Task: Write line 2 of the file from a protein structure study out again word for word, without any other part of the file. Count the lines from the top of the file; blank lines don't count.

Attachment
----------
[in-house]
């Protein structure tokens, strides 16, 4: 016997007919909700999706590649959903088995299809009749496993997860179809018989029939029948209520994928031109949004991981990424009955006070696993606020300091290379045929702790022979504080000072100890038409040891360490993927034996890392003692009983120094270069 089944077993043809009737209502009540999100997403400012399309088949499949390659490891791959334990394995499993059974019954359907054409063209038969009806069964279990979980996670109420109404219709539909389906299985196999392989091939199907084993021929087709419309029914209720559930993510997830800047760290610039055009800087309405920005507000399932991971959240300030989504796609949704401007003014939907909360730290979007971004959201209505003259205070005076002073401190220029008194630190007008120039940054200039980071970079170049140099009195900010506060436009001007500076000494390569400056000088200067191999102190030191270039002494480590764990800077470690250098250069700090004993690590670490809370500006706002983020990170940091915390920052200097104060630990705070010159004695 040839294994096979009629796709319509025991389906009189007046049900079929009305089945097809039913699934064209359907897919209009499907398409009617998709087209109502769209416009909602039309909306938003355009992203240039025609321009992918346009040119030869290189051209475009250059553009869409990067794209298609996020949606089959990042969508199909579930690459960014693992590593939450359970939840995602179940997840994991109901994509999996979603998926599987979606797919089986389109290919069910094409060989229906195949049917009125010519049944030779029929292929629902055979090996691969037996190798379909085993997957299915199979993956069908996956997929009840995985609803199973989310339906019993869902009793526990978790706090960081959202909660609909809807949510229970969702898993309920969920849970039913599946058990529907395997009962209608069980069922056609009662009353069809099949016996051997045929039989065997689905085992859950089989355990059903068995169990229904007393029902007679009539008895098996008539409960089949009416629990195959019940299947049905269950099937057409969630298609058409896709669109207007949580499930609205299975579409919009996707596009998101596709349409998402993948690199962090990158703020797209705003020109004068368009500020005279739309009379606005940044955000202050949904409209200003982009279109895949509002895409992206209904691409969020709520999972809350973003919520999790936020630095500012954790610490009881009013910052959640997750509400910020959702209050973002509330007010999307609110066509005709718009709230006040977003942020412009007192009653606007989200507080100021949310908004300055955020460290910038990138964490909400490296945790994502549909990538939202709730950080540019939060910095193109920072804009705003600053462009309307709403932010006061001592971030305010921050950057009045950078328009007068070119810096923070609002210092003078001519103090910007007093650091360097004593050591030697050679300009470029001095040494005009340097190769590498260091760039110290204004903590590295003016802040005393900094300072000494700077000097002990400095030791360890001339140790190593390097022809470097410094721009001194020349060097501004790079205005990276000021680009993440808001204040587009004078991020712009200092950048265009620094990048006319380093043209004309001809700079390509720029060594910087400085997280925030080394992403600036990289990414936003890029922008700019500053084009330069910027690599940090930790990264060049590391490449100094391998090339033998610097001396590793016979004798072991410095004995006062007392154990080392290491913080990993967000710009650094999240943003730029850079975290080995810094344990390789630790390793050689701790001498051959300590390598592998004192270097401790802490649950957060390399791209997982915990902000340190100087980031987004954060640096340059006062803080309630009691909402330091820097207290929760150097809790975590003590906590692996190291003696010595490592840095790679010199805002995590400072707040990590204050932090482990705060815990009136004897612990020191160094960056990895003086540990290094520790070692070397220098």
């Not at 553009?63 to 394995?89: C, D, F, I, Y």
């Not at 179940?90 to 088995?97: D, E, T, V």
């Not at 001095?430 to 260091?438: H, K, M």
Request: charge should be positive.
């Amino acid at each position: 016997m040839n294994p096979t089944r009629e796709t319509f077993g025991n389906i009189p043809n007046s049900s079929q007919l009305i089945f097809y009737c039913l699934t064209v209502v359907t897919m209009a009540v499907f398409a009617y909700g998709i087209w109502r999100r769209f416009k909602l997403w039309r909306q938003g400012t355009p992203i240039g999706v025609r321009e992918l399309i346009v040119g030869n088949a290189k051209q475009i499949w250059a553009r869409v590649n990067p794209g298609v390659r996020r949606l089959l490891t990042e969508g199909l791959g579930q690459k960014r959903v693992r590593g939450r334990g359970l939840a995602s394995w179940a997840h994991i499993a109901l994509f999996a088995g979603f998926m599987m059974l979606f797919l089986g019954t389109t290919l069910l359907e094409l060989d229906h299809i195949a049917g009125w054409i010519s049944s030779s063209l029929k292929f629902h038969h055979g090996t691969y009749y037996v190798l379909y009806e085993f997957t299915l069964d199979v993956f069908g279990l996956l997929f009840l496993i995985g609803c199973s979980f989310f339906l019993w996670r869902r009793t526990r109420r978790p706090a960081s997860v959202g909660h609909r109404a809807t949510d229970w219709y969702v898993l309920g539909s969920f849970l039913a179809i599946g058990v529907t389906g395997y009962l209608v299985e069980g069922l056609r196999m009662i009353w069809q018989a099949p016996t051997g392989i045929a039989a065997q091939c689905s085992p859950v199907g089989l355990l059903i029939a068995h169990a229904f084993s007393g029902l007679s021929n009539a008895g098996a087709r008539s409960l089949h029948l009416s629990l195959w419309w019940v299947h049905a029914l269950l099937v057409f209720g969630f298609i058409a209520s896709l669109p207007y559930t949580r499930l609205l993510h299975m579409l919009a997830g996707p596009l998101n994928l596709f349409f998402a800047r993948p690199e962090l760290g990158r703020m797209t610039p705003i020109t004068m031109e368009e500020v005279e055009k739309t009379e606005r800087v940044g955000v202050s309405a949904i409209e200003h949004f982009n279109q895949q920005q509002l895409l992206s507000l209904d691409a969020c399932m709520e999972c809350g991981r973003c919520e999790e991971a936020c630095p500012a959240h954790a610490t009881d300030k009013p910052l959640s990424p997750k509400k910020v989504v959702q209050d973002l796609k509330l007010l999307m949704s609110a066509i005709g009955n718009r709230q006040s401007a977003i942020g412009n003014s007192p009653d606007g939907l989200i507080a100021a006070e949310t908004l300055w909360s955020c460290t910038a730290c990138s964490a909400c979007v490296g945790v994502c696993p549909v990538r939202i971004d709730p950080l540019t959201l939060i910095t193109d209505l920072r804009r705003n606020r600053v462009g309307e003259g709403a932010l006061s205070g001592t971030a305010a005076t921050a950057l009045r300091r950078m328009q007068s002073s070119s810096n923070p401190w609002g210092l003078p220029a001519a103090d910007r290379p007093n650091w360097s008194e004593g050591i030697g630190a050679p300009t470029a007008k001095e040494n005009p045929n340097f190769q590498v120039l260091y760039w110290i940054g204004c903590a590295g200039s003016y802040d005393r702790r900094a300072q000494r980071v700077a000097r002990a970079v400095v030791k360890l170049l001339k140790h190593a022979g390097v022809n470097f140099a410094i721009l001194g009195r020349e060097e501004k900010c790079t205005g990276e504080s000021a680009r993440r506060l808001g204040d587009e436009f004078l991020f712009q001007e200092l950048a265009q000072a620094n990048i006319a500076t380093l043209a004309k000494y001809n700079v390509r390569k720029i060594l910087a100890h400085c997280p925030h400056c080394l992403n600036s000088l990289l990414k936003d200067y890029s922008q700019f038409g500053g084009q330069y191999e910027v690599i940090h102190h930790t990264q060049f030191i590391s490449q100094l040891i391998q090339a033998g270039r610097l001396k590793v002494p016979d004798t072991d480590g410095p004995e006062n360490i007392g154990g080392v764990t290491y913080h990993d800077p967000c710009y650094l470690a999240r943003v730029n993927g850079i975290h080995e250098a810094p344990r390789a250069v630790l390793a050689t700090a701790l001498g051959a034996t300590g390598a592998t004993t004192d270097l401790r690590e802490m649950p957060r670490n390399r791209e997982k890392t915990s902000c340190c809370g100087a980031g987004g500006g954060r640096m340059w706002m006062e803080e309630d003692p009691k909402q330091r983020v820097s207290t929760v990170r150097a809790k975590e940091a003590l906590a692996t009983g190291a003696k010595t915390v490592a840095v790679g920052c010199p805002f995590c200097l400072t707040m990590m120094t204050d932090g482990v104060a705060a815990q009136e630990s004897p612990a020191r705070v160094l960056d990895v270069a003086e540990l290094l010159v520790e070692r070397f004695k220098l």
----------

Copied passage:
């Protein structure tokens, strides 16, 4: 016997007919909700999706590649959903088995299809009749496993997860179809018989029939029948209520994928031109949004991981990424009955006070696993606020300091290379045929702790022979504080000072100890038409040891360490993927034996890392003692009983120094270069 089944077993043809009737209502009540999100997403400012399309088949499949390659490891791959334990394995499993059974019954359907054409063209038969009806069964279990979980996670109420109404219709539909389906299985196999392989091939199907084993021929087709419309029914209720559930993510997830800047760290610039055009800087309405920005507000399932991971959240300030989504796609949704401007003014939907909360730290979007971004959201209505003259205070005076002073401190220029008194630190007008120039940054200039980071970079170049140099009195900010506060436009001007500076000494390569400056000088200067191999102190030191270039002494480590764990800077470690250098250069700090004993690590670490809370500006706002983020990170940091915390920052200097104060630990705070010159004695 040839294994096979009629796709319509025991389906009189007046049900079929009305089945097809039913699934064209359907897919209009499907398409009617998709087209109502769209416009909602039309909306938003355009992203240039025609321009992918346009040119030869290189051209475009250059553009869409990067794209298609996020949606089959990042969508199909579930690459960014693992590593939450359970939840995602179940997840994991109901994509999996979603998926599987979606797919089986389109290919069910094409060989229906195949049917009125010519049944030779029929292929629902055979090996691969037996190798379909085993997957299915199979993956069908996956997929009840995985609803199973989310339906019993869902009793526990978790706090960081959202909660609909809807949510229970969702898993309920969920849970039913599946058990529907395997009962209608069980069922056609009662009353069809099949016996051997045929039989065997689905085992859950089989355990059903068995169990229904007393029902007679009539008895098996008539409960089949009416629990195959019940299947049905269950099937057409969630298609058409896709669109207007949580499930609205299975579409919009996707596009998101596709349409998402993948690199962090990158703020797209705003020109004068368009500020005279739309009379606005940044955000202050949904409209200003982009279109895949509002895409992206209904691409969020709520999972809350973003919520999790936020630095500012954790610490009881009013910052959640997750509400910020959702209050973002509330007010999307609110066509005709718009709230006040977003942020412009007192009653606007989200507080100021949310908004300055955020460290910038990138964490909400490296945790994502549909990538939202709730950080540019939060910095193109920072804009705003600053462009309307709403932010006061001592971030305010921050950057009045950078328009007068070119810096923070609002210092003078001519103090910007007093650091360097004593050591030697050679300009470029001095040494005009340097190769590498260091760039110290204004903590590295003016802040005393900094300072000494700077000097002990400095030791360890001339140790190593390097022809470097410094721009001194020349060097501004790079205005990276000021680009993440808001204040587009004078991020712009200092950048265009620094990048006319380093043209004309001809700079390509720029060594910087400085997280925030080394992403600036990289990414936003890029922008700019500053084009330069910027690599940090930790990264060049590391490449100094391998090339033998610097001396590793016979004798072991410095004995006062007392154990080392290491913080990993967000710009650094999240943003730029850079975290080995810094344990390789630790390793050689701790001498051959300590390598592998004192270097401790802490649950957060390399791209997982915990902000340190100087980031987004954060640096340059006062803080309630009691909402330091820097207290929760150097809790975590003590906590692996190291003696010595490592840095790679010199805002995590400072707040990590204050932090482990705060815990009136004897612990020191160094960056990895003086540990290094520790070692070397220098």